Tuesday, April 07, 2009

Peter S! Beagle

A few weeks ago, I got an email from some friends up in the DFW area asking if I was going to make it to Scarborough Fair this year for Peter S. Beagle's appearance. Now, I'm a big fan of Scarborough Faire. I used to get season passes for it, and occasionally attended dressed in my Hern the Hunter outfit. I took The Wife there on our first date, as she'd never been to one before. She married me anyway (and no, I've never been in SCA. I'm not that serious about ren faires and such--I just get a kick out of them). But since we've moved to New Braunfels, Scarborough's become a 4-hour-plus drive to attend, which A) means a lot of driving for the kids and/or B) hotel expenses, which we're never all that fond of in the first place. So no, I regretfully said, we'd not be making it despite Peter Beagle's presence.

I checked around and discovered Beagle was making a book tour of Texas, and would be hitting some bookstores in the San Antonio-Austin area before heading up to Scarborough. Unfortunately, we were going to be out of town during his events and would miss him. I've met Beagle several times--even interviewed him at Apollocon in '05 I believe--and have had all sorts of fascinating conversations with him on those occasions, so I was disappointed to miss him. Then, Friday night, The Wife gets and unexpected email inviting us to a friend's house Sunday evening for a small party/reception for Beagle at which he'd also do a reading. Just like that, we were seeing Beagle and not even having to make the drive into San Antonio.

Peter S. Beagle reads "Gordon, the Self-Made Cat" to
Monkey Girl and Fairy Girl April 5 in New Braunfels

We arrive and the kids pile out of the minivan and immediately start playing with the other children there on the swingset/playscape. There's a little party tent set up with Beagle's books available to buy, and another table with wine, cheese, fruit and other goodies. Connor Cochran, Beagle's business manager, looks up and is startled to see me. Most folks assume I live in Austin since those are the writers circles I mostly move in. I move along and greet Beagle, and immediately get drawn in to a great conversation with him on how this is his first extended stay in Texas that doesn't involve airports or convention hotels adjacent to airports, and how his vision of Texas was forever colored by the descriptions of a fellow creative writing student at Stanford by the name of Larry McMurtry. Then Beagle got ready to do his reading.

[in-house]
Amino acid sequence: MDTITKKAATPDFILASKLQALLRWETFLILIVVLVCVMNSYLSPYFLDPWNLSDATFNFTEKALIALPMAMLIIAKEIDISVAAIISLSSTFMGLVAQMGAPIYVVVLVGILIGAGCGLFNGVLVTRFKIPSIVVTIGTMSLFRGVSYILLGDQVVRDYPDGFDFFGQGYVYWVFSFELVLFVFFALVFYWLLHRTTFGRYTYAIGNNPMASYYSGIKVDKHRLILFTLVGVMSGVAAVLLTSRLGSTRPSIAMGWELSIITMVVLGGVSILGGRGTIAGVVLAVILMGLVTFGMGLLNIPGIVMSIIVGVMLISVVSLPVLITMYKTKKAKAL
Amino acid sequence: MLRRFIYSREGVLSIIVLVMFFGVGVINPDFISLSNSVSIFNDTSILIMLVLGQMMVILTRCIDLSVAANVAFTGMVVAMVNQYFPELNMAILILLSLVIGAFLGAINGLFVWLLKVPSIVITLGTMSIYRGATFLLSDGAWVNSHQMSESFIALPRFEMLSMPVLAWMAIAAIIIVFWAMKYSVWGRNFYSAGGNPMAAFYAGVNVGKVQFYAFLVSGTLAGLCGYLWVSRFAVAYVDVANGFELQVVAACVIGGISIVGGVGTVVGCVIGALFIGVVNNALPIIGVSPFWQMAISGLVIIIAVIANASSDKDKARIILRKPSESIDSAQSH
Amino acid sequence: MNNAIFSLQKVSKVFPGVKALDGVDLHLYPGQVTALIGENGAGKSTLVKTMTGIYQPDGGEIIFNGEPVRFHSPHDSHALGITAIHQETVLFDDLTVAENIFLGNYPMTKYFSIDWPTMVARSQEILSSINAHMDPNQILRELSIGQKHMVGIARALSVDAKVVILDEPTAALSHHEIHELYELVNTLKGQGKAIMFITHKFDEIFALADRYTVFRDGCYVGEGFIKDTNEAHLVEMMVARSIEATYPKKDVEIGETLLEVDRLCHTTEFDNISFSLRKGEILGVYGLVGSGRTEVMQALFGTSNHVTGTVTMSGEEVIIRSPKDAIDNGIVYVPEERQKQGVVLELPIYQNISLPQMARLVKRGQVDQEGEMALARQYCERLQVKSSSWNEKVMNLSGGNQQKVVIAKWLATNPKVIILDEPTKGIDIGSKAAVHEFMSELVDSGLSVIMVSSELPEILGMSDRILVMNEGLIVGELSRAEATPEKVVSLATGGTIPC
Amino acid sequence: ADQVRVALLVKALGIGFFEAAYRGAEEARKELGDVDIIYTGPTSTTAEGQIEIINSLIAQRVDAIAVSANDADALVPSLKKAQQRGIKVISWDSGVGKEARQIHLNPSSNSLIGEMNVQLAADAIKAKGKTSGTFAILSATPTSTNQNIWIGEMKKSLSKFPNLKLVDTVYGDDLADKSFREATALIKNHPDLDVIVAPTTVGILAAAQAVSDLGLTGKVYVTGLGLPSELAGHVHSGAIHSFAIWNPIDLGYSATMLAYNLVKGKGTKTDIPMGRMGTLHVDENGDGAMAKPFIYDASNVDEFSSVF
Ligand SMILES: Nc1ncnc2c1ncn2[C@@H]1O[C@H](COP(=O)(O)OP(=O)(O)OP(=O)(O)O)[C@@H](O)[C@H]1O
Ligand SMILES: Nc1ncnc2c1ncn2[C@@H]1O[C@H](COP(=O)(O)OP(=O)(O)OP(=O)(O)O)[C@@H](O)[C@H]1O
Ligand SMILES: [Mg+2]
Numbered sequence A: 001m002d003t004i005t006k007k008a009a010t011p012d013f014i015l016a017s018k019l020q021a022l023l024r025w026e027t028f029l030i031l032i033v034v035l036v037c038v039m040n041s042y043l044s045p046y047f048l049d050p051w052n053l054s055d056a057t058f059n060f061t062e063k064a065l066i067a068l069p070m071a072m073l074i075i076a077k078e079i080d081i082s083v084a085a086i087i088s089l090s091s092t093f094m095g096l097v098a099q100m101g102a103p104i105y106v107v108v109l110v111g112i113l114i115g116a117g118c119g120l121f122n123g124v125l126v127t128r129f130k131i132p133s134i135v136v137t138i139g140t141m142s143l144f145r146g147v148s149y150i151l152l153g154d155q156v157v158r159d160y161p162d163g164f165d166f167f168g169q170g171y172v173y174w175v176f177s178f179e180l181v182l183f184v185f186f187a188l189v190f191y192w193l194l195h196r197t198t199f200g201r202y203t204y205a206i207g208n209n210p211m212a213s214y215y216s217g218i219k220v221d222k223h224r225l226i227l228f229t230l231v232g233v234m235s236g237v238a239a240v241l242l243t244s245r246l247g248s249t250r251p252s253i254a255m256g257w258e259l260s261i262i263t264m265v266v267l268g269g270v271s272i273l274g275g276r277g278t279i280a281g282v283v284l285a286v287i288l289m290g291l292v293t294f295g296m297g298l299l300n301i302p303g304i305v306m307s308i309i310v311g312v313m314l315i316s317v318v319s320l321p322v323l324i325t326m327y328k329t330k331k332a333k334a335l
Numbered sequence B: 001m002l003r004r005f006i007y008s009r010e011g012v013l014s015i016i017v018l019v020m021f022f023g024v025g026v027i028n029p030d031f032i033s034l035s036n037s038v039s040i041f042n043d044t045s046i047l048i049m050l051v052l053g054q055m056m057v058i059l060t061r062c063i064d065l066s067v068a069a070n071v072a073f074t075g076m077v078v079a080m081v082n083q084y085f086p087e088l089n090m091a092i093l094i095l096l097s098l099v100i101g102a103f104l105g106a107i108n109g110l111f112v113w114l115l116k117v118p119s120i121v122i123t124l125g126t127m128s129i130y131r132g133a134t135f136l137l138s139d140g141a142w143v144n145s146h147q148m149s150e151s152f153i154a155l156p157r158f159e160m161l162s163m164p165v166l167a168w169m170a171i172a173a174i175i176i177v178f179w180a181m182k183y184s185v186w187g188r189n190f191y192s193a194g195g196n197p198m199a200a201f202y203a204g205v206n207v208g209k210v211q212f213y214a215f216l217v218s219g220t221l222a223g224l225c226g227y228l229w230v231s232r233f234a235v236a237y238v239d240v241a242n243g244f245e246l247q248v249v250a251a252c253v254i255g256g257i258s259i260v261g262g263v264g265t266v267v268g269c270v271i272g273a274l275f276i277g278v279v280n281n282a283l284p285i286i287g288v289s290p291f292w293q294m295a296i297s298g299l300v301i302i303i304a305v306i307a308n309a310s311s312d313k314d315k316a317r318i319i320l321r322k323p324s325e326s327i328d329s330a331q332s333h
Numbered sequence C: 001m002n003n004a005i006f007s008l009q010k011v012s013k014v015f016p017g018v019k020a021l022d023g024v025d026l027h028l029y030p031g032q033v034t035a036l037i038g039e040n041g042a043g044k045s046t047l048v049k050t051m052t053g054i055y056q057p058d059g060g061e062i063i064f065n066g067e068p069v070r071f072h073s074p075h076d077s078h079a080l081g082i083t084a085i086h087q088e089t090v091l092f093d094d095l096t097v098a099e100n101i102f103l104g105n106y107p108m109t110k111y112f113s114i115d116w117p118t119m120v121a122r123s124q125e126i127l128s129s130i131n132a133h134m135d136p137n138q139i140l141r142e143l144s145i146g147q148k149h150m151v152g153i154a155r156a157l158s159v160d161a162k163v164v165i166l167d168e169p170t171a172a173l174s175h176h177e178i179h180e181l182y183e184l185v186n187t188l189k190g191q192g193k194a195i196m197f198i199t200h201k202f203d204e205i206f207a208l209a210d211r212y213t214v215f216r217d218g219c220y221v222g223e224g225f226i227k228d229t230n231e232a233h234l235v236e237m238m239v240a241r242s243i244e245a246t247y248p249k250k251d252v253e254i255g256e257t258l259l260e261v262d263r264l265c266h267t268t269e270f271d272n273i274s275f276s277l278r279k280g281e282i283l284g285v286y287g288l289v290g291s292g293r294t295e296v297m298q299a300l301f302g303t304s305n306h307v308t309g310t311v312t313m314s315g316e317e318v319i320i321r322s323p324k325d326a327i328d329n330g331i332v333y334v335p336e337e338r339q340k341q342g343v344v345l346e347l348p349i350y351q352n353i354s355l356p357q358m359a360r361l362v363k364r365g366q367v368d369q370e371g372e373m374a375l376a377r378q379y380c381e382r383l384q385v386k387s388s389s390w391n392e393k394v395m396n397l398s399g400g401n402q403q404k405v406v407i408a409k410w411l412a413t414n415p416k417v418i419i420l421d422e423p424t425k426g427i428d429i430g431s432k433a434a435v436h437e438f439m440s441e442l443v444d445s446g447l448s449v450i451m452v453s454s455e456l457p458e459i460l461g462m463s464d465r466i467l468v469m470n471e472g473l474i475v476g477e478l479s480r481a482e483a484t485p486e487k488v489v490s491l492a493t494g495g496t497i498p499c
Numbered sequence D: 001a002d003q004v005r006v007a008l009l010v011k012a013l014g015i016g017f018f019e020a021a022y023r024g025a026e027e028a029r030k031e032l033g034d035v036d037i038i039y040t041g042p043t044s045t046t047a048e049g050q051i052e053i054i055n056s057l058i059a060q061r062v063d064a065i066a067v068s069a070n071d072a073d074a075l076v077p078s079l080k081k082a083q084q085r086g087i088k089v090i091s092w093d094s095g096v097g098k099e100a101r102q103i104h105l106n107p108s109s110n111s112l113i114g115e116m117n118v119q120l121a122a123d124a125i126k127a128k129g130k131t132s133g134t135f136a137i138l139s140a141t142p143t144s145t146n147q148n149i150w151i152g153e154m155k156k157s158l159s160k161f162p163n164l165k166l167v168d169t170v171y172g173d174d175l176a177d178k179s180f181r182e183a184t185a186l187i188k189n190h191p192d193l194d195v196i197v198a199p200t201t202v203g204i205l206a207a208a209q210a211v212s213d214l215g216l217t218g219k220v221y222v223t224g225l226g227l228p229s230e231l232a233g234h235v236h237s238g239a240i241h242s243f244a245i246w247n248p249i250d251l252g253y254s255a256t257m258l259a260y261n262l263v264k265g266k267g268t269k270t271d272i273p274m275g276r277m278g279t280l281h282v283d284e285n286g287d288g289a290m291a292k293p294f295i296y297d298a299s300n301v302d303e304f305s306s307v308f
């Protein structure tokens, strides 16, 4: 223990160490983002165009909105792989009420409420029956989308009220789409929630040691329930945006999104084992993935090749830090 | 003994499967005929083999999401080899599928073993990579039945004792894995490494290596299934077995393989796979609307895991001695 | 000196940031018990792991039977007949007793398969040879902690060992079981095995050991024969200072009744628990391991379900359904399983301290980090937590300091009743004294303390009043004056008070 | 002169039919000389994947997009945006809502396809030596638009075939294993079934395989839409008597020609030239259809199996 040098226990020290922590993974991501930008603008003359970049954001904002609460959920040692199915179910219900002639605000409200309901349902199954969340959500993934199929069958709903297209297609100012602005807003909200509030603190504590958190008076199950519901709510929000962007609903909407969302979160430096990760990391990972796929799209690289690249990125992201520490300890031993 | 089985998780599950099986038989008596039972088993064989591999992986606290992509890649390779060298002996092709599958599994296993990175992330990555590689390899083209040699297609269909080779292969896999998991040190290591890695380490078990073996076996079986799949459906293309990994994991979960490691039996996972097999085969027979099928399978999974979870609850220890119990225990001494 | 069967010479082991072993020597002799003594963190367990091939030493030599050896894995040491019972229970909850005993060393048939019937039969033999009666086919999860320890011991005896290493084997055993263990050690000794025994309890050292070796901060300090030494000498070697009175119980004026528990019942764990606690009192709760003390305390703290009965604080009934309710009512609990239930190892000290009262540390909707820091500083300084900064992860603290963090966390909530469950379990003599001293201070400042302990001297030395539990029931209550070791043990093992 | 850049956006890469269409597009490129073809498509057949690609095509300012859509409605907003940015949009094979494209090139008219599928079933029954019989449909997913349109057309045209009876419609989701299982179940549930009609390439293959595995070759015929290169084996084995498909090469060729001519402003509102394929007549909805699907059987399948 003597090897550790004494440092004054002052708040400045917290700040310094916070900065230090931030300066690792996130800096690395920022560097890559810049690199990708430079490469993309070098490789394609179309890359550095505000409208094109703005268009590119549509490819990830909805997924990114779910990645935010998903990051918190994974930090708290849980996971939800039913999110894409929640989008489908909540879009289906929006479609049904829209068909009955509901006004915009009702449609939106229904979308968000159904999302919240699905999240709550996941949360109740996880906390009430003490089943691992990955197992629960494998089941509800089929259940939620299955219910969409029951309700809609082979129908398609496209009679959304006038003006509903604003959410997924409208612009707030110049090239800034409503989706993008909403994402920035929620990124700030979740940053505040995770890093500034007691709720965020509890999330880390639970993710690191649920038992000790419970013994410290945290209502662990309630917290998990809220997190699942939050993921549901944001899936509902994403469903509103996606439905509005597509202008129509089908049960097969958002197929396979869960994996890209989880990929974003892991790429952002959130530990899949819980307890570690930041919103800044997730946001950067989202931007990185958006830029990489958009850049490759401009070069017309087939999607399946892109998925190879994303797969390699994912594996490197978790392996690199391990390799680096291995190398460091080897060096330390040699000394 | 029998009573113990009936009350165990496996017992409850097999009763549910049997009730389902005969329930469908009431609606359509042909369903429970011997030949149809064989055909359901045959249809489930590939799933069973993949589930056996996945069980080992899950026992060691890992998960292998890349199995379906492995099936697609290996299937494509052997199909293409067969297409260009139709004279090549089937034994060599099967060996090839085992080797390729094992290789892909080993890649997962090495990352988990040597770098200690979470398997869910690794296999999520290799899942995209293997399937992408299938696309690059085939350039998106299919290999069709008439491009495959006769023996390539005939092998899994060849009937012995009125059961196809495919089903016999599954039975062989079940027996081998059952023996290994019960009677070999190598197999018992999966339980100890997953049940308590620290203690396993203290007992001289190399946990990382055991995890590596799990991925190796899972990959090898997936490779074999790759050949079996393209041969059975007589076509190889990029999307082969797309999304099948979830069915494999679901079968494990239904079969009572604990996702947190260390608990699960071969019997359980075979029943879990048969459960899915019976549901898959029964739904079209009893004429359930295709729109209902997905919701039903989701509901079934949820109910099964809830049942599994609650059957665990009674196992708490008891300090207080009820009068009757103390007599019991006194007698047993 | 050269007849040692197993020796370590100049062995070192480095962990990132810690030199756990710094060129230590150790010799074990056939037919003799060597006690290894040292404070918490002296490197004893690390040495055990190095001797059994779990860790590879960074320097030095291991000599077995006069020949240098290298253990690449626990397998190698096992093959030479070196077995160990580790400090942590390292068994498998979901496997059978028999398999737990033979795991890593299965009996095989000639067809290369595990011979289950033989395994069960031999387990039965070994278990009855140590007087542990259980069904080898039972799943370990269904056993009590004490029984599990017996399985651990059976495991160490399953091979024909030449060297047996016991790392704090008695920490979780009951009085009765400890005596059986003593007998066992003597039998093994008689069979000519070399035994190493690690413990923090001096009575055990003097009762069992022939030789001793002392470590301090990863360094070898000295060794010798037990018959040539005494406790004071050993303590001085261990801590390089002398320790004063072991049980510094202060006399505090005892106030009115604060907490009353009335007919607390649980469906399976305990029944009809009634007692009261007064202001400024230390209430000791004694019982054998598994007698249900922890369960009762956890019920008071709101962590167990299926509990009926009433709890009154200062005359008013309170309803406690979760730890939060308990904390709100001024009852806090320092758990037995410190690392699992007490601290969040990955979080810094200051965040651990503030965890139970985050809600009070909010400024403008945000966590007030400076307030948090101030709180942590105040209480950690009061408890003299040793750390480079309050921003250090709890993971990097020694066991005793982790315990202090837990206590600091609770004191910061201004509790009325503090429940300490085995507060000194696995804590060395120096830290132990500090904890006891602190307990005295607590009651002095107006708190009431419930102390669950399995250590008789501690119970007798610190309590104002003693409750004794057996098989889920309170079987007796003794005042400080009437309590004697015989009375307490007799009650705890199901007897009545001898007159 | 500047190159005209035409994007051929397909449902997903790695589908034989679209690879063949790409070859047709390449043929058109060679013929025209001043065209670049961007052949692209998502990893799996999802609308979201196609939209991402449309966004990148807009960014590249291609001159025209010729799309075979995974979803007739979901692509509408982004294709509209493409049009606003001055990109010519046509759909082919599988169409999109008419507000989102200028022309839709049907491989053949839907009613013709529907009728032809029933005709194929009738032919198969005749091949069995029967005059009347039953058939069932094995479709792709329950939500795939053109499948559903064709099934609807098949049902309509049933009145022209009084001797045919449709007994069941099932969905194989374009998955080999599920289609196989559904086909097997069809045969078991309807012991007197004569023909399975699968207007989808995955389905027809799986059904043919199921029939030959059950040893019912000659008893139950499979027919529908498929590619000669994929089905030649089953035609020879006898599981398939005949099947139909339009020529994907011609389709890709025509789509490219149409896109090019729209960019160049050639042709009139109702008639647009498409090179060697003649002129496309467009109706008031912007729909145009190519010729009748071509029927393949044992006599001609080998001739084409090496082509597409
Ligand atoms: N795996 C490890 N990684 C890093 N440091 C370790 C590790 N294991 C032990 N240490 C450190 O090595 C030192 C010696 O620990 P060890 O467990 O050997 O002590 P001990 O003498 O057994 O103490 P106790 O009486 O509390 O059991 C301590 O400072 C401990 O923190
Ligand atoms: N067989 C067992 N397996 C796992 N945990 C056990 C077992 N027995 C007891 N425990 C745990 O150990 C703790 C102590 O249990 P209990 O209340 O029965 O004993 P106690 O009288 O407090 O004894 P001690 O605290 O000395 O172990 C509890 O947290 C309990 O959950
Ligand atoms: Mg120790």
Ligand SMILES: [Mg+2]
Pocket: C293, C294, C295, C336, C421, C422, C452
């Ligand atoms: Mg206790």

If you've never heard Beagle read, you're missing out on a great treat. His voice is resonant and velvety smooth. It's not particularly loud, but it carries all the same. There's a even calm to it that packs an emotional power all the same. I make no secret of the fact that if my career ever reaches the point where audiobooks become an issue, I'm going to request that the publisher hire Peter Beagle to do the readings. For this kid-friendly gathering, he chose to read "Gordon, the Self-Made Cat" from his collection The Line Between. It was quite a funny piece about a mouse who defies convention and attends cat school so that he will no longer be a prey animal. It was cute and clever in all the right ways without being cloying. Beagle announced that he was working to expand it--presumably to become a full-fledged children's novel--and both The Wife and I thought it particularly well-suited for a cinematic adaptation, possibly by Jim Henson Productions or a similar studio capable of animated animals and wry humor. We'll see.

My eldest, Monkey Girl, was particularly captivated. She'd met Beagle before and knew him as the guy who wrote The Last Unicorn, but that was pretty much the extend of her interest. In the last year, however, she's become a Reader. In a few short months she progressed from the Junie B. Jones books to Judy Blume to A Series of Unfortunate Events. Late Friday night, right around midnight, she finished off Harry Potter and the Deathly Hallows, completing the entire Potter series in a five-week span. And she wanted something else to read, preferably a series. Drawing a blank on an appropriate follow up to the boy wizard, and not that big into series books, I suggested both Asimov's Foundation books and McCaffrey's Dragonriders of Pern. Neither piqued Monkey Girl's interest. But Beagle's reading did. She begged for us to buy her some books, and in the end settled on Tamsin and Beagle's new collection We Never Talk About My Brother. And she got Beagle to autograph them, listening intently as he discussed the origins of the cats in Tamsin. Mr. Beagle, I'm confident in saying, has won himself a fan for life. She read Tamsin all the way home. Later, I found the book in the living room and took it upstairs to her room. Later I found her curled up in her room with The Fantasy Worlds of Peter S. Beagle open. I'd gotten it autographed for her back at that Apollocon.

"What are you reading?" I asked.

"Lila the Werewolf," she answered. "I can't find Tamsin."

"It's on your bed. I found it in the living room earlier."

"It is?" Swoop!

Yeah, I'd say Beagle's got himself a new fan.

Now Playing: The Kinks Everybody's in Show-Biz

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